The Worst Products for Recycling
Starbucks recently announced their plans to eliminate plastic straws from stores worldwide by 2020. They will instead be using a strawless lid for cold drinks. For those with need, Starbucks will offer an alternative straw made from paper or compostable plastic. Starbucks’s headquarters is located in Seattle, a city which just started a ban on plastic straws. In Canada, Vancouver has also passed a ban on plastic straws which will begin in the fall of 2019.
In recognition of the harm that plastics and other materials have on the environment, we have compiled a list of the worst products for recycling, as well as tips to make sure what you do recycle ends up being put to good use.
Items That Cannot Be Recycled
- Styrofoam – the polystyrene in styrofoam is not biodegradable
- Plastic bubble wrap – most plastic can be recycled, but the particular form of plastic used for bubble wrap cannot be
- Waxed cardboard and items that are wax coated
- Aluminum foil
- Shower liners
- Coffee pods (these can be very bad for the environment due to the amount of waste involved)
- Items that are soiled with food (more on this below)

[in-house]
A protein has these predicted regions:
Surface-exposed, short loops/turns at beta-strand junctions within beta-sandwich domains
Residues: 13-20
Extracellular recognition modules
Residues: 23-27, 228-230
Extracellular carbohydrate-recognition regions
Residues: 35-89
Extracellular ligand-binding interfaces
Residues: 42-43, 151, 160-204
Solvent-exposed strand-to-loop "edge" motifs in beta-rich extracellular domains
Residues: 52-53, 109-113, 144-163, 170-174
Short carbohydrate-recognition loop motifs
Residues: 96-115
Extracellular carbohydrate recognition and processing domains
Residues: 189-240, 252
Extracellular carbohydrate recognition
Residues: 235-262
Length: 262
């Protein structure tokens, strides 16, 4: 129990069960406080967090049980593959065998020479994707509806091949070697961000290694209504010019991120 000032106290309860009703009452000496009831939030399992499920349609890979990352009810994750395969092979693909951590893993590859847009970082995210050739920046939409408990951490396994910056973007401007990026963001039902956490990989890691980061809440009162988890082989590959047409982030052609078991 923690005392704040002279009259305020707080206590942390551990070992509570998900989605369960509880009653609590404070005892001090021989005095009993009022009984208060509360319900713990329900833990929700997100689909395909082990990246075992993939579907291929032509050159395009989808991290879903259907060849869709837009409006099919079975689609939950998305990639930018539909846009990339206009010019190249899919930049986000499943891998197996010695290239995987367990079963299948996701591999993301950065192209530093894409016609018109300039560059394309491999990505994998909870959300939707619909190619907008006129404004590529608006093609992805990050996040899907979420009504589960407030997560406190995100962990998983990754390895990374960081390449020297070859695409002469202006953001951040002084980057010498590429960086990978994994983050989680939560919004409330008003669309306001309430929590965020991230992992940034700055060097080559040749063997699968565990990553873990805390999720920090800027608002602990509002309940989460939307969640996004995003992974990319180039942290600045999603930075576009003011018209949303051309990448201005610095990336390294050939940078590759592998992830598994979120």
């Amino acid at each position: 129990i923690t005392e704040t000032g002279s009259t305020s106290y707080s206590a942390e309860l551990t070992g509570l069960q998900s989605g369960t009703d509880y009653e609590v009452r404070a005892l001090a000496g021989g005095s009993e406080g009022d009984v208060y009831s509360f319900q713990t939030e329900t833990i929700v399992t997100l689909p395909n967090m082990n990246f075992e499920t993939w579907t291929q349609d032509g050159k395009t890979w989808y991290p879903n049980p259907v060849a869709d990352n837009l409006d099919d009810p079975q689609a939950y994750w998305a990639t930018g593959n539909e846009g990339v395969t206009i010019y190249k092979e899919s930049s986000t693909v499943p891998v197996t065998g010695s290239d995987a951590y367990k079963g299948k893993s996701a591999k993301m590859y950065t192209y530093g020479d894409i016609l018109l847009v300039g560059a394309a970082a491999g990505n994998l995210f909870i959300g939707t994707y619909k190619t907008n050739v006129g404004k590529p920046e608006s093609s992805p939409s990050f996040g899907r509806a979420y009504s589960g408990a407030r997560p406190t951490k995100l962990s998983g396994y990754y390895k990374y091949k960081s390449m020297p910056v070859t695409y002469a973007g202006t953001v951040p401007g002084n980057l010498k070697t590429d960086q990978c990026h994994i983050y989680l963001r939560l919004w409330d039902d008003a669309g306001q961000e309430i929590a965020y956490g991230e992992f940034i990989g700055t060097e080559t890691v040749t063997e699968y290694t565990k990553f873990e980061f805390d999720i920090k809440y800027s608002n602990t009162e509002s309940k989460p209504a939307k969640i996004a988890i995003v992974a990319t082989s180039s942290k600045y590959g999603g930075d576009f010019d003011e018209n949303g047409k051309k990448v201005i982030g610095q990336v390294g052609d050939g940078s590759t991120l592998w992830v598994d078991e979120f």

- Cereal Liners
- Black plastic
- Candy bar wrappers
How to Ensure Your Items Can Be Recycled
- Rinse all food off of any recyclables before they’re placed in the recycling bin
- This includes yogurt containers
- Peanut butter jars
- Remove any liners from boxes – then decide if the liner is recyclable itself
- Remove ribbons and bows from gift wrap that is recyclable
- Check your cities recycling rules on plastic bags – some locations do not accept them as recycling
- Garbage bags go into the garbage
The Problem in Canada
Because of improper or incorrect handling of recyclable items, Canada’s recycling programs are spending millions every year. Toronto and Edmonton are two of the highest recycling offenders – sometimes this can be due to good intentions without understanding the cities’ particular recycling rules, and sometimes it’s out of sheer laziness. Garbage, as always, does not go into recycling bins. Items that are incorrectly put into the recycling still go through the process, but then get thrown out as garbage – it’s a high price (literally) to pay for something that never ends up being reused.
To compound the problem, China recently implemented bans and restrictions on which type of recyclables they will accept in order to clean up their own country in terms of waste materials. There are now 24 types of solid waste they will no longer accept. Canada sent a lot of their recycling there, and now is tasked with finding their own in-country solutions.
To be a part of this solution, check with your local recycling ordinances and be vigilant about what goes in the blue bin.
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